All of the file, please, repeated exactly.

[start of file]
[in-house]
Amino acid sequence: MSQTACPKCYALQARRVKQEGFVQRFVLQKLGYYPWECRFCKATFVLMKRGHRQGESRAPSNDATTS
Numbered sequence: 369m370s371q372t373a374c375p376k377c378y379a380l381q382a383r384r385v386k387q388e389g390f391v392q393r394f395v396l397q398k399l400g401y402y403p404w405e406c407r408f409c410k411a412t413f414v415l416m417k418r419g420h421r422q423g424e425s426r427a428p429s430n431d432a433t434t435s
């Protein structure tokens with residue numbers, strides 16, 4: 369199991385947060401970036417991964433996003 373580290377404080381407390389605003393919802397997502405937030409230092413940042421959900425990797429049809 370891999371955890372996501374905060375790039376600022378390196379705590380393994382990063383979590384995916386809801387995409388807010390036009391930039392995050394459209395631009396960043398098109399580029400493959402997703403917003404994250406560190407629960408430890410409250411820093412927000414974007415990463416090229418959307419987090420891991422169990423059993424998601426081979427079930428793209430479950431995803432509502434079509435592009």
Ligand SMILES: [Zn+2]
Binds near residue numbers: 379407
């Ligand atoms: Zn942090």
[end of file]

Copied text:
[in-house]
Amino acid sequence: MSQTACPKCYALQARRVKQEGFVQRFVLQKLGYYPWECRFCKATFVLMKRGHRQGESRAPSNDATTS
Numbered sequence: 369m370s371q372t373a374c375p376k377c378y379a380l381q382a383r384r385v386k387q388e389g390f391v392q393r394f395v396l397q398k399l400g401y402y403p404w405e406c407r408f409c410k411a412t413f414v415l416m417k418r419g420h421r422q423g424e425s426r427a428p429s430n431d432a433t434t435s
């Protein structure tokens with residue numbers, strides 16, 4: 369199991385947060401970036417991964433996003 373580290377404080381407390389605003393919802397997502405937030409230092413940042421959900425990797429049809 370891999371955890372996501374905060375790039376600022378390196379705590380393994382990063383979590384995916386809801387995409388807010390036009391930039392995050394459209395631009396960043398098109399580029400493959402997703403917003404994250406560190407629960408430890410409250411820093412927000414974007415990463416090229418959307419987090420891991422169990423059993424998601426081979427079930428793209430479950431995803432509502434079509435592009």
Ligand SMILES: [Zn+2]
Binds near residue numbers: 379407
């Ligand atoms: Zn942090």